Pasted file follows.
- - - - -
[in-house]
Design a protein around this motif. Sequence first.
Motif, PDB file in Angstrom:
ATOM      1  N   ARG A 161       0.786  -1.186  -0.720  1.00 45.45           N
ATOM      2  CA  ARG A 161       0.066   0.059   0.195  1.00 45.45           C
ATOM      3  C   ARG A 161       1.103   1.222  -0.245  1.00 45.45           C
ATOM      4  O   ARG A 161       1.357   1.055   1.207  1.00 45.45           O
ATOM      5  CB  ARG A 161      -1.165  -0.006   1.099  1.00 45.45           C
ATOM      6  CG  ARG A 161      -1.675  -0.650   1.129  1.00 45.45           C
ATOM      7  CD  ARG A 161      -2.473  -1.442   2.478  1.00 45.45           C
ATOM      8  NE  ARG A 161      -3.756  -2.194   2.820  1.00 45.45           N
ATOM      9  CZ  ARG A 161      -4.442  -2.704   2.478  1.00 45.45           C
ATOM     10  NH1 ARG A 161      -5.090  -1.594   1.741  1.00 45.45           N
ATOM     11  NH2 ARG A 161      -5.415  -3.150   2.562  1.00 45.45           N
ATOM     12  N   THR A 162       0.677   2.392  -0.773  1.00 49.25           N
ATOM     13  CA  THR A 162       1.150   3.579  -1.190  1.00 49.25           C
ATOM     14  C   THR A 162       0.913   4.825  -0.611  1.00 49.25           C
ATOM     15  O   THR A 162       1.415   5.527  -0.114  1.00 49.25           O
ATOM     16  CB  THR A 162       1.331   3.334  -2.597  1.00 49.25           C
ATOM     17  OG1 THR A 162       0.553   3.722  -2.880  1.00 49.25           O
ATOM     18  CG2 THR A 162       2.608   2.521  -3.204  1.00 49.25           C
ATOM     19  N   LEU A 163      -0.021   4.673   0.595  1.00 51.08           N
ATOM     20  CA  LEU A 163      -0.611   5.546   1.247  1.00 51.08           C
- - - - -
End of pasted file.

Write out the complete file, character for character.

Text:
[in-house]
Design a protein around this motif. Sequence first.
Motif, PDB file in Angstrom:
ATOM      1  N   ARG A 161       0.786  -1.186  -0.720  1.00 45.45           N
ATOM      2  CA  ARG A 161       0.066   0.059   0.195  1.00 45.45           C
ATOM      3  C   ARG A 161       1.103   1.222  -0.245  1.00 45.45           C
ATOM      4  O   ARG A 161       1.357   1.055   1.207  1.00 45.45           O
ATOM      5  CB  ARG A 161      -1.165  -0.006   1.099  1.00 45.45           C
ATOM      6  CG  ARG A 161      -1.675  -0.650   1.129  1.00 45.45           C
ATOM      7  CD  ARG A 161      -2.473  -1.442   2.478  1.00 45.45           C
ATOM      8  NE  ARG A 161      -3.756  -2.194   2.820  1.00 45.45           N
ATOM      9  CZ  ARG A 161      -4.442  -2.704   2.478  1.00 45.45           C
ATOM     10  NH1 ARG A 161      -5.090  -1.594   1.741  1.00 45.45           N
ATOM     11  NH2 ARG A 161      -5.415  -3.150   2.562  1.00 45.45           N
ATOM     12  N   THR A 162       0.677   2.392  -0.773  1.00 49.25           N
ATOM     13  CA  THR A 162       1.150   3.579  -1.190  1.00 49.25           C
ATOM     14  C   THR A 162       0.913   4.825  -0.611  1.00 49.25           C
ATOM     15  O   THR A 162       1.415   5.527  -0.114  1.00 49.25           O
ATOM     16  CB  THR A 162       1.331   3.334  -2.597  1.00 49.25           C
ATOM     17  OG1 THR A 162       0.553   3.722  -2.880  1.00 49.25           O
ATOM     18  CG2 THR A 162       2.608   2.521  -3.204  1.00 49.25           C
ATOM     19  N   LEU A 163      -0.021   4.673   0.595  1.00 51.08           N
ATOM     20  CA  LEU A 163      -0.611   5.546   1.247  1.00 51.08           C